# Consecutive Numbers     ## What is the Meaning of Consecutive Numbers?

Before understanding consecutive numbers, let us look into consecutive meanings in maths. Consecutive means following each other continuously in a series or a sequence. In Mathematics, numbers that follow each other in a series are termed consecutive numbers. Consecutive numbers meaning is “The numbers which continuously follow each other in the order from smallest to largest.”

Consecutive Numbers Examples:

Consecutive numbers from 1 to 8 are 1, 2, 3, 4, 5, 6, 7, and 8. Here, the difference between each number is 1.

Consecutive numbers from 80 to 90 with differences as 2 are 80, 82, 84, 86, 88, and 90. Here, the difference between each number is 2. This type of consecutive number system where each number is an even number and the difference between each number is 2 is called consecutive even integers which we will discuss in detail in the latter part of this chapter.

Consecutive numbers from -1 to 7 are -1, 0, 1, 2, 3, 4, 5, 6, and 7. Here, the difference between each number is 1.

### What does Consecutive Natural Numbers Mean?

Natural numbers are the numbers that are used for counting and ordering. Natural numbers include all whole numbers except 0.

In the mathematical form, the natural numbers are written as follows:

N = {1, 2, 3, 4, 5, 6, 7, 8, 9, ……}

So consecutive natural numbers are the numbers that continuously follow each other in order from the smallest number to the largest number.

For example, the consecutive natural numbers from 10 to 15 are 10, 11, 12, 13, 14, and 15.

The consecutive numbers from -5 to -1 are not consecutive natural numbers because these numbers don't fall under natural numbers. These numbers are integers.

### What is Meant by Consecutive Numbers with Even Integers?

An even number is one that is divisible by two and leaves a 0 as a remainder.

So Consecutive Numbers with Even integers or simply called consecutive even integers is a sequence where the numbers continuously follow each other in the order from the smallest number to the largest number with the difference between each number is 2 and each number is divisible by 2.

Consecutive integers examples:

2, 4, 6, 8, 10, and 12 are consecutive even integers between the numbers 2 and 12.

-8, -6, -4, and -2 are consecutive even integers between the numbers -8 and -2.

### What is Meant by Consecutive Numbers with Odd Integers?

A number that is not divisible by 2 is called an odd number. In the case of an odd number, the remainder is always 1. So consecutive odd integers is a sequence where the numbers continuously follow each other in the order from the smallest number to the largest number with the difference between each number is 2 and each number not divisible by 2.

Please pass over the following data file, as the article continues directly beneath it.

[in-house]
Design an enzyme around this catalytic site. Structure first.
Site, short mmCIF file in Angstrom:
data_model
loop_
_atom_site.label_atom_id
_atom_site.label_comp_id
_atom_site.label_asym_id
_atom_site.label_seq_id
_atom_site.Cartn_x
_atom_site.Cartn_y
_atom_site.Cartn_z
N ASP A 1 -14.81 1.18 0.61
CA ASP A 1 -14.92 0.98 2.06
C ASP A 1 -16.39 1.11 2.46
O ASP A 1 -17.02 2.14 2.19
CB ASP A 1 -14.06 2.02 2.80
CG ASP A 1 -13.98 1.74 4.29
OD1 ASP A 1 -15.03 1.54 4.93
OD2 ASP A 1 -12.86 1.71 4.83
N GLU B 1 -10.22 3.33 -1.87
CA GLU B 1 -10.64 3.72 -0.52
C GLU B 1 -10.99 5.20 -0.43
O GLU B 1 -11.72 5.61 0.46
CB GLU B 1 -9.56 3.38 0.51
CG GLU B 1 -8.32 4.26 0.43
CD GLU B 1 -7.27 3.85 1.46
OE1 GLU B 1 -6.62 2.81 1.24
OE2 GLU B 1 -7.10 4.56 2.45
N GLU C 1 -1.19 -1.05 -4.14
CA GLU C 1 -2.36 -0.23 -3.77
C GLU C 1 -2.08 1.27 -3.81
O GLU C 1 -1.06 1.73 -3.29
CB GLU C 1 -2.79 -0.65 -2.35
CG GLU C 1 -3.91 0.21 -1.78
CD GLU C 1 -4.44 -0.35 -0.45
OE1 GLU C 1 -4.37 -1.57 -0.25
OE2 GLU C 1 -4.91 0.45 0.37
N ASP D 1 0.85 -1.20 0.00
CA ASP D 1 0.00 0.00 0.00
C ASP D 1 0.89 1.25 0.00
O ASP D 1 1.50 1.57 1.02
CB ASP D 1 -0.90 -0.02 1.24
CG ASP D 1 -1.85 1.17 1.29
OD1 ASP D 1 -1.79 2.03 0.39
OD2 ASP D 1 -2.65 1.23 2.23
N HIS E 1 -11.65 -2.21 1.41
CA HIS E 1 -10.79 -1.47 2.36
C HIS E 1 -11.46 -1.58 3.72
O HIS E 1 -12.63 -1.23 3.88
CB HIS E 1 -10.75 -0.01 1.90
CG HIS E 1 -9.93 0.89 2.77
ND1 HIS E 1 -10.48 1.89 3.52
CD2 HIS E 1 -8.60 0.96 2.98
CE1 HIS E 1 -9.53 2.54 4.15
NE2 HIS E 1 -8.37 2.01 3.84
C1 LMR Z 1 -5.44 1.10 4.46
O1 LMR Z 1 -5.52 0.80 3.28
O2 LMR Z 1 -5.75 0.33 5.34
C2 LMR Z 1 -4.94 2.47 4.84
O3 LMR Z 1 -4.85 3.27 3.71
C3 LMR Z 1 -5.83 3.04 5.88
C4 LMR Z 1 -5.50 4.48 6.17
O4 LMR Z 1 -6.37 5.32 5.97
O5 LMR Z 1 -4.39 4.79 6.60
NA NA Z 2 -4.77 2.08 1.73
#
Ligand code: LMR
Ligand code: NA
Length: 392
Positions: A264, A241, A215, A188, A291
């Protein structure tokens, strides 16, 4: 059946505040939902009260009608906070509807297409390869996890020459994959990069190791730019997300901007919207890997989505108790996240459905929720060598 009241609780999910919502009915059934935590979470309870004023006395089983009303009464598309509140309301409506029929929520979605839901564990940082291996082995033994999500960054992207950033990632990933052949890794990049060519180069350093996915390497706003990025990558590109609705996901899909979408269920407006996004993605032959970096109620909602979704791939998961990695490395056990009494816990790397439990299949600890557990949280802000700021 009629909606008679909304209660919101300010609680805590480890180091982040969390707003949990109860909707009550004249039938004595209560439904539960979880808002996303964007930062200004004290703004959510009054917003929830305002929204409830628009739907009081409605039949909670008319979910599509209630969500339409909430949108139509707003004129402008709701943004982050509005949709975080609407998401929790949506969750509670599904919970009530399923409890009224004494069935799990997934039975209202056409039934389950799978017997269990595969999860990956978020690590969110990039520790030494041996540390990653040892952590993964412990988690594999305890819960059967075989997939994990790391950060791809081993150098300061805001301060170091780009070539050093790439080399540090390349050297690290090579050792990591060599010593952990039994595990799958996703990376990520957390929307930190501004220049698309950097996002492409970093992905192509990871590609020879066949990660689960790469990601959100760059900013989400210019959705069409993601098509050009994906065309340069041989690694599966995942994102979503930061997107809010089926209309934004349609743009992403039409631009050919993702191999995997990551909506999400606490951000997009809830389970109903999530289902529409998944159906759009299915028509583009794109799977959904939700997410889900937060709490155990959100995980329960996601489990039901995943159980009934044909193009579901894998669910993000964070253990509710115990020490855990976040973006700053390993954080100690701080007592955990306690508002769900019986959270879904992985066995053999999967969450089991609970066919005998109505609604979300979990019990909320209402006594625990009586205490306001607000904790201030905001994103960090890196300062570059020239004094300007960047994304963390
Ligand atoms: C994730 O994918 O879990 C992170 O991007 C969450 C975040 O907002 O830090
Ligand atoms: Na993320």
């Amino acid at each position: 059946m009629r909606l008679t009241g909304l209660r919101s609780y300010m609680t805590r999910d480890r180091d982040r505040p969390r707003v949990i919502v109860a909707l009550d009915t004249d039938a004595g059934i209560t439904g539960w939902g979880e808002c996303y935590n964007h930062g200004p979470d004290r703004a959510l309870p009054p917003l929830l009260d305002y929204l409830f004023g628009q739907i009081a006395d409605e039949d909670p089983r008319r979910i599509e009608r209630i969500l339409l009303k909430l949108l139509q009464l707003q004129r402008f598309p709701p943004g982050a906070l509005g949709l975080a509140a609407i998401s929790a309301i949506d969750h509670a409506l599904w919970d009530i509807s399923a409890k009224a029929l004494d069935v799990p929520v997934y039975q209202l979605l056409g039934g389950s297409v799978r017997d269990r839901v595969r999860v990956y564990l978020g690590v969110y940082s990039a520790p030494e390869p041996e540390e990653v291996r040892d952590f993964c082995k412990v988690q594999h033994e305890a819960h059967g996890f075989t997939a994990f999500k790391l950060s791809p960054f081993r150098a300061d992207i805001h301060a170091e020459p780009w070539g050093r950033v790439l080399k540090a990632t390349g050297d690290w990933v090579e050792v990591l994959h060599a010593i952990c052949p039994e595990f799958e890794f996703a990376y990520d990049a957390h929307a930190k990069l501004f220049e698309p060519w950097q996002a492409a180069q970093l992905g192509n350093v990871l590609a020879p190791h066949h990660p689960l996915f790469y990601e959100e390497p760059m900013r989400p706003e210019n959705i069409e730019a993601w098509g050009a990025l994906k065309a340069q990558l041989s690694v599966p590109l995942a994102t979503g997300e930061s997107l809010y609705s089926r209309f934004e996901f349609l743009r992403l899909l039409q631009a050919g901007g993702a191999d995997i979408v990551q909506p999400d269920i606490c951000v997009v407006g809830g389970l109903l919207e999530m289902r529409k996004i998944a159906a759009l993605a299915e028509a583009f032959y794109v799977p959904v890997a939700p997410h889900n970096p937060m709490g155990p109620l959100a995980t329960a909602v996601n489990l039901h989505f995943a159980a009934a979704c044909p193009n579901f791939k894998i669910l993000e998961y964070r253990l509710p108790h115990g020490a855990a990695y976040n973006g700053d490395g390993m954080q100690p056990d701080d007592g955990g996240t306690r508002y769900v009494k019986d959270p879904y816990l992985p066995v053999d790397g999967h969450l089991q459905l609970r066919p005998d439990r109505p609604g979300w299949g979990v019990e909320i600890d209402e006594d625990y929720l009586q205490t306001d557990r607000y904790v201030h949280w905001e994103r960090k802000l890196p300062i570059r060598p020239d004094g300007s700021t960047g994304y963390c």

Consecutive integers examples:

The consecutive odd integers between 1 and 15 are 1, 3, 5, 7, 9, 11, 13, and 15.

The consecutive odd integers between -11 and -1 are -11, -9, -7, -5, -3, and -1.

### Properties of Consecutive Numbers

• Any pair of predecessors and successors have a fixed difference. If we denote the first number as n, then n, n+1, n+2, n+3, n+4, and so on will be the consecutive numbers in the sequence. The difference between any two consecutive odd numbers is 2. For example, in the sequence of consecutive odd integers 3, 5, 7, 9, and 11, the difference between any two consecutive odd numbers is 2 i.e. 5 - 3 = 2, 7 - 5 = 2, and so on.

• The difference between any two consecutive even numbers is 2. For example, in the sequence of consecutive even integers 12, 14, 16, 18, and 20, the difference between any two consecutive odd numbers is 2 i.e. 14 - 12 = 2, 16 - 14, = 2 and so on.

• The sum of n consecutive numbers is divisible by n if n is an odd number. For example, let us consider a consecutive odd number sequence 5, 7, 9, 11, 13, 15, 17 which has 7 numbers in the sequence. So according to the property, the sum of this consecutive odd number sequence should be divisible by 7.

5+7+9+11+13+15+17 = 77.

77/7 = 11 which satisfies this property.

• Here, we have to note that this property applies only when n is an odd number i.e. only if the sequence is made of odd numbers.

• The sum of two consecutive numbers is always an odd number. For example, consider a consecutive number sequence 1, 2, 3, 4, 5, 6, 7, 8, 9. Here, the sum of the two consecutive numbers will always be an odd number. 1+2 = 3, 2+3 = 5, 3+4 = 7, and so on.

• The sum of two consecutive odd numbers is always an even number. For example, consider a consecutive odd number sequence 5, 7, 9, 11, 13, 15, 17. Here, the sum of two consecutive odd numbers will always be an even number. 5+7 = 12, 7+9 = 16, 9+11 = 20, and so on.